Tests, treatment can be costly, but there's help available
Published: Sunday, October 7, 2012 at 1:00 p.m.
Last Modified: Sunday, October 7, 2012 at 1:00 p.m.
If a woman has private health insurance or is covered by Medicare, she most likely has no problem following the American Cancer Society's recommendations for early breast cancer detection. Women in their 20s and 30s are urged to get a clinical breast exam every three years as part of a periodic health exam. Healthy women age 40 and older are advised to have a mammogram every year.
Alachua County Resources
Park Avenue Imaging Center (diagnostic imaging center for UF and Shands Breast Center), 919 NW 57th St., Gainesville, 265-0000, https://ufandshands.org/park-avenue-imaging-center
Alachua County Health Department: Gainesville clinic, 224 SE 24th St., 334-7910; Alachua clinic: 15530 NW U.S. 441, Suite 10010, 386-462-2542
American Cancer Society, www.cancer.org, Alachua County Unit, 376-6866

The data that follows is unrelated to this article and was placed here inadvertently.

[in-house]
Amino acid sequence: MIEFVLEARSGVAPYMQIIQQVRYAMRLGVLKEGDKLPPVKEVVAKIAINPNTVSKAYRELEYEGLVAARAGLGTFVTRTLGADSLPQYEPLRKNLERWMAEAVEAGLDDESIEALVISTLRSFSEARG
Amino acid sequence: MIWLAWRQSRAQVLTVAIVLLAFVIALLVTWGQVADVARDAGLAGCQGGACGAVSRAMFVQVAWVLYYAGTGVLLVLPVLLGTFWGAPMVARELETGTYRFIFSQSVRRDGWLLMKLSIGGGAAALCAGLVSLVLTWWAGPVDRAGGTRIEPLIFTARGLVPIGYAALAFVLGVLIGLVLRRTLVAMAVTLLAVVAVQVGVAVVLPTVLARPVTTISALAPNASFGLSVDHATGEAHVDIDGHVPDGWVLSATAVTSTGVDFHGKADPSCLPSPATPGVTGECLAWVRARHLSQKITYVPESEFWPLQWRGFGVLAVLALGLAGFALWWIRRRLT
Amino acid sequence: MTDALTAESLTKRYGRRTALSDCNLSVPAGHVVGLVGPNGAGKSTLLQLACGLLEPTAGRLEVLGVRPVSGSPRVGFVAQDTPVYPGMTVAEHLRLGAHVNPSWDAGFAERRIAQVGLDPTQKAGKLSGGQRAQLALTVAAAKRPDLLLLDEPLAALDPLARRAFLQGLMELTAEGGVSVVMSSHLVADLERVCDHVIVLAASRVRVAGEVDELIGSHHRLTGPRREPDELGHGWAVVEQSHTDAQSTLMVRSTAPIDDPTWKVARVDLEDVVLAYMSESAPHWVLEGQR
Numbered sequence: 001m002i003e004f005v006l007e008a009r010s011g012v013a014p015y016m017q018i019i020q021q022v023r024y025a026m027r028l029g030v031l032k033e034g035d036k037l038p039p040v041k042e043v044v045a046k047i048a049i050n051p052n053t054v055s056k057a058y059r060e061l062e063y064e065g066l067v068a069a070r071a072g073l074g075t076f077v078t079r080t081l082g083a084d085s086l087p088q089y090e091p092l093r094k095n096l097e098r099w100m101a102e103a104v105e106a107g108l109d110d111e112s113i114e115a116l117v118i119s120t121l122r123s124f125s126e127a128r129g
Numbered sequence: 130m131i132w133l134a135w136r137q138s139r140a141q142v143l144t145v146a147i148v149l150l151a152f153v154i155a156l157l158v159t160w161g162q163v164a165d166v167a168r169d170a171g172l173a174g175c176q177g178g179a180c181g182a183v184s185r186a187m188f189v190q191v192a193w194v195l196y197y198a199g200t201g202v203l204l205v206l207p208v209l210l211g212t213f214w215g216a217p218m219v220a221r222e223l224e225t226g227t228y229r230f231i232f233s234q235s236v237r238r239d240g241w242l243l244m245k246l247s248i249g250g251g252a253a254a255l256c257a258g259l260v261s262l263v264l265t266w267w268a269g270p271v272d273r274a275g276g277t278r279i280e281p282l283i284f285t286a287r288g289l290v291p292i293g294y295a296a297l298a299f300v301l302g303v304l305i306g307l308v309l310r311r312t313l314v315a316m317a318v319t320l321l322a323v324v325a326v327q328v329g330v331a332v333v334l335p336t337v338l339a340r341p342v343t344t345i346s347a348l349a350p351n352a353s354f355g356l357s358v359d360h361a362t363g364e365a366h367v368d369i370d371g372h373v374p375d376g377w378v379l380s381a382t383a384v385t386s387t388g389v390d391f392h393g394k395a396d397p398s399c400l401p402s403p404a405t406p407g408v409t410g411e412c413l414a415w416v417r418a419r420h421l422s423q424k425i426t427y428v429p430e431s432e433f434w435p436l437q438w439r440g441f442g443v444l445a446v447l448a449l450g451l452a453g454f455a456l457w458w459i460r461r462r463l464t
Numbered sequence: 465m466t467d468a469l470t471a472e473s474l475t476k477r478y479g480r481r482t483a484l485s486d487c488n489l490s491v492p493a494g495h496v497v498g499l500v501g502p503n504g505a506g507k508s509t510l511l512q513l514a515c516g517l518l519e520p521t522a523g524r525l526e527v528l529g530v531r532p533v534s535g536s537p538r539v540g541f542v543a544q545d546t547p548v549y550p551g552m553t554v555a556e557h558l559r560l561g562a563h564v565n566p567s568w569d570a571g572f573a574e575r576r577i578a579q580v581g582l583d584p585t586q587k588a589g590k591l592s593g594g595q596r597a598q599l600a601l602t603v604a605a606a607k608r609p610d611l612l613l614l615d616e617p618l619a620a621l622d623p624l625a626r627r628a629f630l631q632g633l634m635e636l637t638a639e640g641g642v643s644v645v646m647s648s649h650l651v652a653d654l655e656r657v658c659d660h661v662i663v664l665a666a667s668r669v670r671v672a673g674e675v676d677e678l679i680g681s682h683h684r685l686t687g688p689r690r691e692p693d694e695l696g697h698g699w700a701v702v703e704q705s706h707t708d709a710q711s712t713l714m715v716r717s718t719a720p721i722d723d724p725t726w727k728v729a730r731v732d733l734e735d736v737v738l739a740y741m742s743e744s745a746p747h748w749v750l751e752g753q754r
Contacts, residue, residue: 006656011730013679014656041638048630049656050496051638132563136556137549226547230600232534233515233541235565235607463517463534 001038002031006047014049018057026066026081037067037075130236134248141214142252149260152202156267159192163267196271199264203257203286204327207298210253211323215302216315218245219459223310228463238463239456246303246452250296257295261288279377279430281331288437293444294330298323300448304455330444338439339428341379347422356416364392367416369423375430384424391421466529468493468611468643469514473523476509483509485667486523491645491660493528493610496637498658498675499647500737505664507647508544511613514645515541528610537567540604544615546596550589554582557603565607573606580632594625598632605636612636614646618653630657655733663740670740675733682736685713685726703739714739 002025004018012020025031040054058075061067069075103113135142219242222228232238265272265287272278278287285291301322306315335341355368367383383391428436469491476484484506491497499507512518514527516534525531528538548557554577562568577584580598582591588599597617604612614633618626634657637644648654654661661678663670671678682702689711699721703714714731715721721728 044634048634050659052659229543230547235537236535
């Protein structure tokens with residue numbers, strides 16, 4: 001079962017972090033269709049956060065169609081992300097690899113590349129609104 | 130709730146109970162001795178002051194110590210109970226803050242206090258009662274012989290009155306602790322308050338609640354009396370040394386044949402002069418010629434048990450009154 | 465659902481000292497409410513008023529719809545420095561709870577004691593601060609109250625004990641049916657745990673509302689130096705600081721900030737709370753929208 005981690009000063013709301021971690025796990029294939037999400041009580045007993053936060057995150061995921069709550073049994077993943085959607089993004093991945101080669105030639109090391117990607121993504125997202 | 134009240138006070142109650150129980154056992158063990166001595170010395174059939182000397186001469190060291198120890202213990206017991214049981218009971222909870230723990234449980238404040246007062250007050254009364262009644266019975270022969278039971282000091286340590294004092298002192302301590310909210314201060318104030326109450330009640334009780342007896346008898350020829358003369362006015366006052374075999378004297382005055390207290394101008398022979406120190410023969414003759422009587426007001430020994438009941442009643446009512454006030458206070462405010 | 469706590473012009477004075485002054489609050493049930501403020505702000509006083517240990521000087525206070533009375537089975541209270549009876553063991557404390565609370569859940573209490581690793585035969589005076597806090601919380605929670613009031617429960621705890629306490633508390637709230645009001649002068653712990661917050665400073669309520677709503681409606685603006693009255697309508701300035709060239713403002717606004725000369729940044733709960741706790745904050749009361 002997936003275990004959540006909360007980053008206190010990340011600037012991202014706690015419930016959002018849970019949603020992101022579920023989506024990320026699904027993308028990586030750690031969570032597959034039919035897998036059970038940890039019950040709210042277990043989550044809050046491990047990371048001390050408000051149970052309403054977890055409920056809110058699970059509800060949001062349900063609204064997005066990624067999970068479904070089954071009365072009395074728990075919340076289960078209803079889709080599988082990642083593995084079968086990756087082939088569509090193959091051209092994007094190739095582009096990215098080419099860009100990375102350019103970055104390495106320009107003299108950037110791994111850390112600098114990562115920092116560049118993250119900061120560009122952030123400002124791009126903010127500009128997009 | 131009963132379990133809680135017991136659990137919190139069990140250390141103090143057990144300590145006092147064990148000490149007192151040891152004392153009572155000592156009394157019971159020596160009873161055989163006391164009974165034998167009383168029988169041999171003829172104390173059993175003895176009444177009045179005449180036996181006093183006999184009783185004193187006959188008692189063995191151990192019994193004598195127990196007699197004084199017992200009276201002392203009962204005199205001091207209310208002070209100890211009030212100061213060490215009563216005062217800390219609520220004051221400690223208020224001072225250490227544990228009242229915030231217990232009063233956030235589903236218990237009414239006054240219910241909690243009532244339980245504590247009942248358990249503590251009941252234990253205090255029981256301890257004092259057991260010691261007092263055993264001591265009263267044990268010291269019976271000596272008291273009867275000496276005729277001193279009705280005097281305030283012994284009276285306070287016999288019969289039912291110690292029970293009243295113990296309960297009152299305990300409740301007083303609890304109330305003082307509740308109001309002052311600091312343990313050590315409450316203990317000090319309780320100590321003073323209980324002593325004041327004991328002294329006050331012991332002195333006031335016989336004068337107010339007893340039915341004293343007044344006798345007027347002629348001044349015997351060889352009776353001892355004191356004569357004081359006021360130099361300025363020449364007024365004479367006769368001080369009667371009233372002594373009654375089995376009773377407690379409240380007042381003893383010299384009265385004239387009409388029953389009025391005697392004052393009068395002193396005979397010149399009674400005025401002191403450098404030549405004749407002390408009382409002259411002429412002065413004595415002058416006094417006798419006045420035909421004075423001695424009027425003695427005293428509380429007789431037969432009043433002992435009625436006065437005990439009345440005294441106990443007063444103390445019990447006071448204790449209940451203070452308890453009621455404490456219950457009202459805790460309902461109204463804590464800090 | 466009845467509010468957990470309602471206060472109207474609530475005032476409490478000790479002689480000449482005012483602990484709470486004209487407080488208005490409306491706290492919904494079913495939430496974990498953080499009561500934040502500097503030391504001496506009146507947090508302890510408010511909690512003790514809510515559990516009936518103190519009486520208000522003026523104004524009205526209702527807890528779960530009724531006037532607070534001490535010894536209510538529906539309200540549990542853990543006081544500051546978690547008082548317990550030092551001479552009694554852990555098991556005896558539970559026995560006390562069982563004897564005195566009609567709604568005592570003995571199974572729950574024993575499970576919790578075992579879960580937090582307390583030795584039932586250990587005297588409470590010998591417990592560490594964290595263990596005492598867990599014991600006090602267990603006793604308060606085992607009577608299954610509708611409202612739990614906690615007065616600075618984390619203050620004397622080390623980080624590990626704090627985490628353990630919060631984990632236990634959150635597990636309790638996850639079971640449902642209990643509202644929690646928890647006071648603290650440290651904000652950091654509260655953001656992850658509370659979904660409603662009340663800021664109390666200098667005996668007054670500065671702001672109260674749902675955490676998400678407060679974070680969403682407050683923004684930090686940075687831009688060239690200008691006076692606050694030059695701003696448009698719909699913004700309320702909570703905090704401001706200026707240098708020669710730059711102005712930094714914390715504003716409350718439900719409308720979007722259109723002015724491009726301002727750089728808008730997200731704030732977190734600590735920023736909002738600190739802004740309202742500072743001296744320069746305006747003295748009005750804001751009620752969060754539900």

Marion County Resources
Advanced Imaging Centers, Ocala Health System, www.OcalaHealthSystem.com/ai, 867-9606
Radiology Associates of Ocala, Women's Imaging Center, 1901 SE 18th Ave., Ocala, www.raocala.com, 671-4300
Marion County Health Department, 1801 SE 32nd Ave., Ocala, 629-0137
American Cancer Society, www.cancer.org, Marion County Unit, 629-4727
Under the Affordable Care Act, these exams (as well as other preventative health care procedures) are covered by most private health insurance plans and by Medicare, without co-pays.
But what about women who do not have health care coverage? What about women in Alachua and Marion counties who aren't poor enough to qualify for low-income health care programs such as Medicaid or “We Care”? These women must pay out-of-pocket for all their health care needs.
Often, many such women simply do not get the tests or treatments they need, said Sherry Roberts, co-founder of Michelle-O-Gram, a Marion County-based program that helps women pay for mammograms. “They just can't afford them.”